For six years, through fits and starts and various failed attempts, the former industrial land, now cleaned using millions in state grants, has held the promise of new contemporary development and the money such development would bring.
Political fortunes have risen and fallen on what has become a third rail of Toledo local politics - the stalled Marina District and lackluster economic development efforts, in general.
The new plan and Mr. Dillin's involvement represent the best new chance for the East Toledo waterfront, Mr. Finkbeiner said.
But much of it is still a passel of ideas. The actual placement of the various pieces, such as the amphitheater, is yet to be decided. And some of the developers for various aspects have yet to be identified.
But the general vision emphasizes housing, public projects, and a bike-and-walking path along the river's edge. It also includes razing the Sports Arena, which sits at the foot of the MLK bridge, and connecting the areas on the north and south sides of the bridge in what Mr. Dillin and others hope would slowly become an entertainment district.
As a result, residents and visitors could walk from the Marina District, go under the MLK bridge, and exit at International Park and The Docks. There would be other restaurants and shops situated along the riverside walking path.
The arena land is too valuable to be a "box surrounded by a parking lot," Mr. Dillin said. Plans for a new sports arena on the other side of the river - in downtown - are under way, Mayor Finkbeiner said.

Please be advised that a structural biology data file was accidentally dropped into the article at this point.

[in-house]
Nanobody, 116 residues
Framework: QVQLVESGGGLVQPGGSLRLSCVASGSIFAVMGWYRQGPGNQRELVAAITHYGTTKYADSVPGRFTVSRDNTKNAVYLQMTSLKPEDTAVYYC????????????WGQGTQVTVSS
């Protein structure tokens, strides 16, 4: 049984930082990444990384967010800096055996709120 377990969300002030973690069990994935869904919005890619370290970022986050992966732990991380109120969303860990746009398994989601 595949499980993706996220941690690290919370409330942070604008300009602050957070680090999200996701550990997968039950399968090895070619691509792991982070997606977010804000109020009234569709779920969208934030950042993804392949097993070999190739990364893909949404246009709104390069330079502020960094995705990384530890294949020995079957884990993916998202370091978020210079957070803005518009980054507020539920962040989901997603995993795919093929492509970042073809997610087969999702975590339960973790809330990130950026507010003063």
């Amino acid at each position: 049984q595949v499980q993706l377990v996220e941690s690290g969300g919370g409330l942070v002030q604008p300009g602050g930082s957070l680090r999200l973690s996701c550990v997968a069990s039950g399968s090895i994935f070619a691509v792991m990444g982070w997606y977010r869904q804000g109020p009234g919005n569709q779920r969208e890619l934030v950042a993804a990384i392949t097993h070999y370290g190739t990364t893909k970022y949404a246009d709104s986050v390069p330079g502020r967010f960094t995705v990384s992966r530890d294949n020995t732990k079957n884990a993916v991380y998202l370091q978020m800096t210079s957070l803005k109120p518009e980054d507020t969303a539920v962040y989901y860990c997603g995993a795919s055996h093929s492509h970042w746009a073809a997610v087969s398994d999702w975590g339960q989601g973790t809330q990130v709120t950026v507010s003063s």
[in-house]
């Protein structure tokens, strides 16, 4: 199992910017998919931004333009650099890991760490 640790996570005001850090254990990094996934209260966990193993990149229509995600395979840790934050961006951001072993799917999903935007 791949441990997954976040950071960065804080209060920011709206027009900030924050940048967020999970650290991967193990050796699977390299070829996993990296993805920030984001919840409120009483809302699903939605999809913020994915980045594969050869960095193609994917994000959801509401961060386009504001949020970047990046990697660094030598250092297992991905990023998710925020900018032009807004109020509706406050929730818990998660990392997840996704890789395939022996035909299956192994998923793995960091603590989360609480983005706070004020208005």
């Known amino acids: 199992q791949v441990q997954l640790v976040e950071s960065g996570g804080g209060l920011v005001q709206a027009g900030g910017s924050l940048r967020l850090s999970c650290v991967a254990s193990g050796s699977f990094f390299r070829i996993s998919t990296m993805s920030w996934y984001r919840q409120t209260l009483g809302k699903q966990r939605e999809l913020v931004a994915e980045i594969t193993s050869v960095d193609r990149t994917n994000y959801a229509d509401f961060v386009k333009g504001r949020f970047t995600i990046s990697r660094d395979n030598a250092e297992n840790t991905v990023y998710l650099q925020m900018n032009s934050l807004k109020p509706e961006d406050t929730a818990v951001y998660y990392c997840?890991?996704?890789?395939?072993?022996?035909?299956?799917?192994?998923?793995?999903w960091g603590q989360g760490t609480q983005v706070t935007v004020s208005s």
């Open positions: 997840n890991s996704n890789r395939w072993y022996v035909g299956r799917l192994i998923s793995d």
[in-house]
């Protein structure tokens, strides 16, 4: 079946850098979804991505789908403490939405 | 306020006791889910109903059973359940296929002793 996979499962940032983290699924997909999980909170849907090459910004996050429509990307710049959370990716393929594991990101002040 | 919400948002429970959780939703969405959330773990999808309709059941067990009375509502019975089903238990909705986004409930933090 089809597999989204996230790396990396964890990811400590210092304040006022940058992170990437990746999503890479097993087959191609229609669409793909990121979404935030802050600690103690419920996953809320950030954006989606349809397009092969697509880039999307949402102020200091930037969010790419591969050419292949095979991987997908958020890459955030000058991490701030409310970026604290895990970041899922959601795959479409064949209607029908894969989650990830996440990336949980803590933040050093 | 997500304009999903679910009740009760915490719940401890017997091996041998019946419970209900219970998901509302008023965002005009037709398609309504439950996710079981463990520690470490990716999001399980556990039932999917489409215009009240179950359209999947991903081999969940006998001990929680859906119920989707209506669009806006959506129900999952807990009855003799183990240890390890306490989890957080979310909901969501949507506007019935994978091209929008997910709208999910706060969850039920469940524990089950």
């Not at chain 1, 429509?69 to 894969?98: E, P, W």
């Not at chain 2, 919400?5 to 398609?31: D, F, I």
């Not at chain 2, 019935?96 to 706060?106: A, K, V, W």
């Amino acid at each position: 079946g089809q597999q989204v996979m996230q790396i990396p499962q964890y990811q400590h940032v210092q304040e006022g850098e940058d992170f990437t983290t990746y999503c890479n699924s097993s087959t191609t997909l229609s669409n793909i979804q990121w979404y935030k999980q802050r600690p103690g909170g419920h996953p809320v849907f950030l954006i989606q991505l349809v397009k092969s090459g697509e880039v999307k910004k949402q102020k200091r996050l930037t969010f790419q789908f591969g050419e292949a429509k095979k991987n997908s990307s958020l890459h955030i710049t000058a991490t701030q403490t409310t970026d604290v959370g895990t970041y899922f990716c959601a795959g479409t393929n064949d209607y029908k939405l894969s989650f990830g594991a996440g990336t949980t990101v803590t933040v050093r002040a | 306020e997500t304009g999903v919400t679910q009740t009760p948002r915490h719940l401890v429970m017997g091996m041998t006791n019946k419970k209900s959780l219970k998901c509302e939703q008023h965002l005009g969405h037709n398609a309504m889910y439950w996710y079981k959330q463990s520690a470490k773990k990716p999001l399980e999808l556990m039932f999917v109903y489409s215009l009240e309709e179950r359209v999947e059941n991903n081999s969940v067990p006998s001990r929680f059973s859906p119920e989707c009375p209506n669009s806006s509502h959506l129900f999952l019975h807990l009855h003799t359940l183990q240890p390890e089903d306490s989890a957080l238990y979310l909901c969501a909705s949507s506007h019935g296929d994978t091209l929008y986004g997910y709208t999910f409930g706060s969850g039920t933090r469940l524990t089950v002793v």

Mr. Dillin's taking over of the Marina District project marks a new chapter in the story of the snake-bitten development that was first announced in August, 2000, near the end of Mr. Finkbeiner's second term.
The project became a major failing for Mayor Ford, during his only term from 2002 to this year, and it has taxed Mr. Finkbeiner in his current term. He tried and failed earlier this year to attract major retailer Bass Pro Shops as an anchor for new development on the fallow land.
Since then, the mayor and his development team, which meets every Friday morning to strategize about the project, consulted with Mr. Dillin as they worked on the public aspects of the project.
Those include building a road that would connect Front Street to the marina and boat slips, securing legislative funding for the amphitheater predicted to have 4,000 to 6,000 seats, and building a passenger terminal in an attempt to attract Great Lakes cruise ship business.
Under the Dillin plan, the major emphasis switches from attracting retail to building homes that would raise the value of the housing stock in East Toledo. After housing, the retail should follow, the mayor and Mr. Dillin said.
"This is, in my judgment, as valuable a piece of property as we have in the city of Toledo, at the moment, to offer to our own people and everybody who has a boat on the Great Lakes or who just wants come to a great water-related restaurant or night spot," Mr. Finkbeiner said yesterday.
"We've got one of the great spots on the Great Lakes."
Contact Christopher D. Kirkpatrick